There are two main considerations when determining whether or not solar panels are right for you – (a) whether you have a suitable roof on which to install your panels and (b) what your pattern of energy usage is.
To determine if your roof is suitable for solar PV, you need to consider its age and condition, its slope and orientation, and if there is any potential shading from nearby trees or buildings. The best rooftops for maximising electricity generation are those with sufficient space to accommodate the required number of panels, have a 35 degree slope, a south-facing aspect, in good condition and have minimal shading. (However, the best aspect to maximise solar generation for your particular situation may be East or West depending on your pattern of energy usage – see below).
Pattern of Energy Usage:
As solar PV systems generate electricity only during daylight hours and predominantly around the middle of the day when you may be at work, you need to consider how much of the generated electricity you will use in your home. Without any additional systems, a lot of the generated electricity can be spilled (exported back) to the grid. While many electric utility providers will pay you a wholesale price for this excess solar electricity you provide them, you will save more by using it to meet your electricity needs rather than selling it to them.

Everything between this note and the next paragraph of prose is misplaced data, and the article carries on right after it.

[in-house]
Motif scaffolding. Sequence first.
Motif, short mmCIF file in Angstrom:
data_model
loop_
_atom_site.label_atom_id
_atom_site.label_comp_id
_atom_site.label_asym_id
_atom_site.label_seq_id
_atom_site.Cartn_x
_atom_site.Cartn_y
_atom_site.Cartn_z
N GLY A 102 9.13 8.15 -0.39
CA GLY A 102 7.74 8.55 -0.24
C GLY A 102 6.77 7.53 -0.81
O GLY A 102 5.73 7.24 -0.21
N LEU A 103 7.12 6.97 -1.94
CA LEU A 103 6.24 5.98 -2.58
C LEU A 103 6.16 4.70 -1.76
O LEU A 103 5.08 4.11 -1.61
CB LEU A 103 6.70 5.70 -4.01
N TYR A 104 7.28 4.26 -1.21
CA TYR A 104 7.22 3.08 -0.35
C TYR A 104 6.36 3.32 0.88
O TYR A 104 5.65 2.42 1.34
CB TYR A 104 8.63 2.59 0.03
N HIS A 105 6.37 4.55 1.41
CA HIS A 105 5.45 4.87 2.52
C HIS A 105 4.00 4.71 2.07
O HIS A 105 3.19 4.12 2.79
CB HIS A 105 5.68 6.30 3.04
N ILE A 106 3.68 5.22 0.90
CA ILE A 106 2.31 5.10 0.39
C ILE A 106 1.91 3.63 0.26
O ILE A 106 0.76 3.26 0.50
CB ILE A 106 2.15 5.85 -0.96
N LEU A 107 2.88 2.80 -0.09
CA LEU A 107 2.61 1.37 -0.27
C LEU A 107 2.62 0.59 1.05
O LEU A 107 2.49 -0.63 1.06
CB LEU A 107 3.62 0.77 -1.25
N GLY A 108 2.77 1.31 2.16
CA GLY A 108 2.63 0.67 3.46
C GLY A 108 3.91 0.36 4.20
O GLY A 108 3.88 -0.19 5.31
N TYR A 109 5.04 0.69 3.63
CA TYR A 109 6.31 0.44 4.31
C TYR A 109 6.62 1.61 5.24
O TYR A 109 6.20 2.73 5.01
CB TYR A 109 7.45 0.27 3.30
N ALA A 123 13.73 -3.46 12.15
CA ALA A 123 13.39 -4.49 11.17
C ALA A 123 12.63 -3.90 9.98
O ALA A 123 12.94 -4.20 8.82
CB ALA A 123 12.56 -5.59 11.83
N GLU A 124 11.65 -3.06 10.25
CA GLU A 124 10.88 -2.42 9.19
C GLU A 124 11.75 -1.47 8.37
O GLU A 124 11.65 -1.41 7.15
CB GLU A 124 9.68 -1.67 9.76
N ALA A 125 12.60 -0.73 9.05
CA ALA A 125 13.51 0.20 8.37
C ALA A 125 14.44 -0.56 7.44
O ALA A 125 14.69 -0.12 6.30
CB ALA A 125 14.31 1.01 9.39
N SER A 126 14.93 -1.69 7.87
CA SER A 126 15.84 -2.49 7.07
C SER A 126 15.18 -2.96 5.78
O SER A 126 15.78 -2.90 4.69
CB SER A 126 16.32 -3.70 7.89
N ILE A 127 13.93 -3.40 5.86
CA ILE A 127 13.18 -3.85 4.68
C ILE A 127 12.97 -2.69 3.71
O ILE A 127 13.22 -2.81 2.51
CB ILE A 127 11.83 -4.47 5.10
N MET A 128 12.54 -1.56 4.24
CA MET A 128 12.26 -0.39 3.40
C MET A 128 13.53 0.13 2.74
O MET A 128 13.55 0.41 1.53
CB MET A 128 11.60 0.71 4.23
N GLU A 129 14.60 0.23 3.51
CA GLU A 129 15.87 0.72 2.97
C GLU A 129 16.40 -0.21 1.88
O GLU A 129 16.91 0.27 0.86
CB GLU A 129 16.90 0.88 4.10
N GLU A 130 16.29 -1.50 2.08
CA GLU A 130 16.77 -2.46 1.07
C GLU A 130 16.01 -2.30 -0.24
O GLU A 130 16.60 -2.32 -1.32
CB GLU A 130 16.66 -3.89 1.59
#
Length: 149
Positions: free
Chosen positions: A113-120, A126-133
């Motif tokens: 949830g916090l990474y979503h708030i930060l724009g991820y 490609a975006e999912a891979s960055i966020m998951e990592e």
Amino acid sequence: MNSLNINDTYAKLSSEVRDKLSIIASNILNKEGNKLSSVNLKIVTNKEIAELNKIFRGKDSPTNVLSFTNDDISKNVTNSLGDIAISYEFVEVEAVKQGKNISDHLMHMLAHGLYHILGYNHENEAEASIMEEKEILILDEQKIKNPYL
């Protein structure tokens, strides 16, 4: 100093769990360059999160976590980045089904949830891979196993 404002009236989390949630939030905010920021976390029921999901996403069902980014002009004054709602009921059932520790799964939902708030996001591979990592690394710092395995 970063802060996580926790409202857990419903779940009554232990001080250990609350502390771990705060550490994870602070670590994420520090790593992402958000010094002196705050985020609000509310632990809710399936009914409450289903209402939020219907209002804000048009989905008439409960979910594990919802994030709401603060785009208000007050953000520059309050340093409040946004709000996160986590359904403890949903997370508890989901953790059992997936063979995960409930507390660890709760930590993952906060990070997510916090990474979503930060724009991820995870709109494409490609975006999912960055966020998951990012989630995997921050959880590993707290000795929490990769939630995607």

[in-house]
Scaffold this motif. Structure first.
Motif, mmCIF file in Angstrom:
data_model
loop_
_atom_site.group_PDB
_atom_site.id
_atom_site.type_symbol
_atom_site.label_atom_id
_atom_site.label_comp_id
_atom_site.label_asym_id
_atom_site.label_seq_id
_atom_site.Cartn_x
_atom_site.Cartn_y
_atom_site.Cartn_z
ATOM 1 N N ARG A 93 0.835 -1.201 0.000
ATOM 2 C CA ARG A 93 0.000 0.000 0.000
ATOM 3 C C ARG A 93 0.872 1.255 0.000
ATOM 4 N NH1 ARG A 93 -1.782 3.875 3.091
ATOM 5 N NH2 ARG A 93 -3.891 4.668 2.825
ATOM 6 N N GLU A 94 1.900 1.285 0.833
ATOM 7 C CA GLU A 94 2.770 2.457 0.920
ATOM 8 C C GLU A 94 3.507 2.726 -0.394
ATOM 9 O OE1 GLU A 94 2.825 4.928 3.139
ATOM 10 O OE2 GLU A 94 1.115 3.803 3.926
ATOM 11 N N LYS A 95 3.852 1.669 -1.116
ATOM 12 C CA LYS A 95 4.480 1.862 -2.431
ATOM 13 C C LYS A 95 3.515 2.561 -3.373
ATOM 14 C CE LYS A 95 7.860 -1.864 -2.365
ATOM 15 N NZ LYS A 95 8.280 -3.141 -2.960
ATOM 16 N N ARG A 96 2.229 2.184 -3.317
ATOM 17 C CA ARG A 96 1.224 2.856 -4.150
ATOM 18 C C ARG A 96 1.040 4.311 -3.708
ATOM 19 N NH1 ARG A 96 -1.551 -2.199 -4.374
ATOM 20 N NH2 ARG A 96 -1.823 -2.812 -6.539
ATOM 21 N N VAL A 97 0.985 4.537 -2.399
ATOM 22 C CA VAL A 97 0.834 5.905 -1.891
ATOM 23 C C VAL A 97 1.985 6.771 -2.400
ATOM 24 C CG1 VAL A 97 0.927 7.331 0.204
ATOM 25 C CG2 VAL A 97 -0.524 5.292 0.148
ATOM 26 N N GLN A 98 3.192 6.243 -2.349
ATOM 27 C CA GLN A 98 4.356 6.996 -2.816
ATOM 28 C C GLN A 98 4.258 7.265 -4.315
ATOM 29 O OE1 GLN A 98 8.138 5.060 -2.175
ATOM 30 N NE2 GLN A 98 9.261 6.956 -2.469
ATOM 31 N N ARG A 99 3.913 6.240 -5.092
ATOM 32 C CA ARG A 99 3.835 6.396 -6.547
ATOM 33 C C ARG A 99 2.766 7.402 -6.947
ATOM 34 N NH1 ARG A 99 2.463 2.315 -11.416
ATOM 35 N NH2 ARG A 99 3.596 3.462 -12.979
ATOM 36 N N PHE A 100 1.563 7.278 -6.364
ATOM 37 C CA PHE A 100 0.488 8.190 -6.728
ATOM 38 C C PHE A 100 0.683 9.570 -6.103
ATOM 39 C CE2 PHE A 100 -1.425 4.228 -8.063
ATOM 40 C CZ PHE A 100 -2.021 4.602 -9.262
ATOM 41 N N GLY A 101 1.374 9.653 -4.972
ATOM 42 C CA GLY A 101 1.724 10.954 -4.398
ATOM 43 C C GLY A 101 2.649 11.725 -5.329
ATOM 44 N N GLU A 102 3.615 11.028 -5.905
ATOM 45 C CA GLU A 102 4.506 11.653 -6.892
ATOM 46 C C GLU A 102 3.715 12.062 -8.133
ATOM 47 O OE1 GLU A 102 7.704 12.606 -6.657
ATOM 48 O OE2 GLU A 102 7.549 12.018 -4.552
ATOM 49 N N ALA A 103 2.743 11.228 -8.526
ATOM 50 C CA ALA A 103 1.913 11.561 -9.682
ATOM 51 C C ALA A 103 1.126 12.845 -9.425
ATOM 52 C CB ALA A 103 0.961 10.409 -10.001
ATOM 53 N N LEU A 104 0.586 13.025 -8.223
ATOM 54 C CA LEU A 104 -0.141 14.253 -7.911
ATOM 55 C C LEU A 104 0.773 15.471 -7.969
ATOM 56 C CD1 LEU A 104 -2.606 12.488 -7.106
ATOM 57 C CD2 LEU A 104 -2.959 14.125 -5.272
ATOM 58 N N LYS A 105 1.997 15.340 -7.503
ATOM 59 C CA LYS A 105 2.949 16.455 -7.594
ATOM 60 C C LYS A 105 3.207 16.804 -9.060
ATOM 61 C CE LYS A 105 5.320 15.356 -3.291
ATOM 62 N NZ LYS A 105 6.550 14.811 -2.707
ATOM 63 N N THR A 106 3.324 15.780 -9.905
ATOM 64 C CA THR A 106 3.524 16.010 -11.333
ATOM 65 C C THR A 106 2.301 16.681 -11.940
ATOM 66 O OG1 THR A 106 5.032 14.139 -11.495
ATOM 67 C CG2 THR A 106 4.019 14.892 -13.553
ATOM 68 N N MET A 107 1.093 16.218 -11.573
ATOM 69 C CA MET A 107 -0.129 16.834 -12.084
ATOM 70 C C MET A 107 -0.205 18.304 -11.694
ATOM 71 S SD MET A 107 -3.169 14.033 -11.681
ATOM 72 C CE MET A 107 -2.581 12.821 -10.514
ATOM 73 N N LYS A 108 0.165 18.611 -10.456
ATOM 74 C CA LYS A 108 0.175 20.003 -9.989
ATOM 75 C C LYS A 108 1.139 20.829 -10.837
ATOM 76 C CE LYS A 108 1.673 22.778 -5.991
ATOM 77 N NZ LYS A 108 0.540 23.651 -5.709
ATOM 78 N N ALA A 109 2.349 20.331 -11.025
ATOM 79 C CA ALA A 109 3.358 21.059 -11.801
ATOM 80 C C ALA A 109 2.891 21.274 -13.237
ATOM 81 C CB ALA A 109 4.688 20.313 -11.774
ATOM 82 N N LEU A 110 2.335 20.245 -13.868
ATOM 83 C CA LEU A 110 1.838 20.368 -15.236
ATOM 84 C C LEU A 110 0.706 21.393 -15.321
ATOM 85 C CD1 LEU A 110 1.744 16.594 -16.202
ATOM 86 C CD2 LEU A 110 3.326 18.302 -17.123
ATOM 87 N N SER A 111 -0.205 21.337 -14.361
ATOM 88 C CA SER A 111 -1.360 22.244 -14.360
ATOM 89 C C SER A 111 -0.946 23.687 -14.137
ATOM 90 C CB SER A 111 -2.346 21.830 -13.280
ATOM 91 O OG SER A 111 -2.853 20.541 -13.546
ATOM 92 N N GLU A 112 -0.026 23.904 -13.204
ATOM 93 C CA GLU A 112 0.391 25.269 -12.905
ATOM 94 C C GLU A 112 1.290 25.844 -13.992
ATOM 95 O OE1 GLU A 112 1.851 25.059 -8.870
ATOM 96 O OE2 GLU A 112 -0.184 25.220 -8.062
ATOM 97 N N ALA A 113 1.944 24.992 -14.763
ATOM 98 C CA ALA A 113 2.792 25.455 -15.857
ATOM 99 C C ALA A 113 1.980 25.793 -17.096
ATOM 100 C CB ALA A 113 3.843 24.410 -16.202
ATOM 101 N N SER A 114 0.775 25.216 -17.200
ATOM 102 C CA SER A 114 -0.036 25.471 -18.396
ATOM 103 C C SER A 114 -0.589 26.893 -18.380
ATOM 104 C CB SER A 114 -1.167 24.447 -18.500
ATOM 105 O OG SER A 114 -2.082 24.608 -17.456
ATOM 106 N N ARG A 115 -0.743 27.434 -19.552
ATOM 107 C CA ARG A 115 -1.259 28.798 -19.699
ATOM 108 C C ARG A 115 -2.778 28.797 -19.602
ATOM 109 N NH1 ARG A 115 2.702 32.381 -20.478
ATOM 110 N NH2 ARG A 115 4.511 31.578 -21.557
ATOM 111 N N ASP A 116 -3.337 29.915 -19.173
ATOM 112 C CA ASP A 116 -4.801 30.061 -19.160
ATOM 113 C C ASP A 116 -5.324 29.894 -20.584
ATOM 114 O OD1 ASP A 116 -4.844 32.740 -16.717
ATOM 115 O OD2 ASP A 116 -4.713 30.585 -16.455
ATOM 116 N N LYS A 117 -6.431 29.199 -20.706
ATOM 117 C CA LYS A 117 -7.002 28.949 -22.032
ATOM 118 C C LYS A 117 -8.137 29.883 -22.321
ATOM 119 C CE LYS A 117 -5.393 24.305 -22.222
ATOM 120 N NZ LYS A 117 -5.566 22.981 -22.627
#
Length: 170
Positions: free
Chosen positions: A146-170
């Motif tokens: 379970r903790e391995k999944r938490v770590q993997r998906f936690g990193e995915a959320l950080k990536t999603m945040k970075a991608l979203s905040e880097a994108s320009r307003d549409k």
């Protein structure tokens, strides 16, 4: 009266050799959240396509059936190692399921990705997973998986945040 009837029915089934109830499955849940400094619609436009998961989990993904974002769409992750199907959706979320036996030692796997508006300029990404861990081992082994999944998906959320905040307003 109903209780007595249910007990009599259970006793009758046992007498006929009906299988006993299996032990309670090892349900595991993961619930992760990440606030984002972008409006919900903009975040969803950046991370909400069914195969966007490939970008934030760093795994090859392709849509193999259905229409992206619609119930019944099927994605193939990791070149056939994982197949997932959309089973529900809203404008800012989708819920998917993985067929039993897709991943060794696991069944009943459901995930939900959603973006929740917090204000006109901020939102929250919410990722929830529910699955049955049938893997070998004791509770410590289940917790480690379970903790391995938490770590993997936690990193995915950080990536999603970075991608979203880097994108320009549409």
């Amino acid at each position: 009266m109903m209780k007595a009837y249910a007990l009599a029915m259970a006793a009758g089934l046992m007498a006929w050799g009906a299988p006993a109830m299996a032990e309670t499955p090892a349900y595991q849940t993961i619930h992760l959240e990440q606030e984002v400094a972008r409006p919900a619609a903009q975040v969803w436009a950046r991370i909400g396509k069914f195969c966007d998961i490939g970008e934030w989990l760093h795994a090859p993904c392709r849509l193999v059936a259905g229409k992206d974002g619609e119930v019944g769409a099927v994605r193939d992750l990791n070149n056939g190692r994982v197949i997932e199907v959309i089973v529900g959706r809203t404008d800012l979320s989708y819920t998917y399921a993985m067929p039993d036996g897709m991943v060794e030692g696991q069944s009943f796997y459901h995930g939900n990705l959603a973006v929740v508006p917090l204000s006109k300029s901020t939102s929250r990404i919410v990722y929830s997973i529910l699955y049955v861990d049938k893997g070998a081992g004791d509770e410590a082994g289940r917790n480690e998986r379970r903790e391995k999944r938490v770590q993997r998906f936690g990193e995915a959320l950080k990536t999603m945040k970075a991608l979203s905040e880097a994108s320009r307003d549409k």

It takes approximately 1 day to install a solar PV system. While the final size of the system depends on the household’s electricity demand and the availability of suitable roof space, below is a rough estimation of system size using 410W panels:
System Size Solar Panel Array
- 2 kWp (for small 2-bed home) ~9m2 area (~5 panels)
- 3.0 kWp (for larger 2-bed home) ~14m2 area (~8 panels)
- 3.5 kWp (for standard 3-bed home) ~16m2 area (~9 panels)
- 4 kWp (for larger 3-bed home) ~18m2 area (~10 panels)
- 5 kWp (for 4-bed detached home) ~22m2 area (~12 panels)
- 6.5 kWp (for 6-bed detached home) ~29m2 area (~16 panels)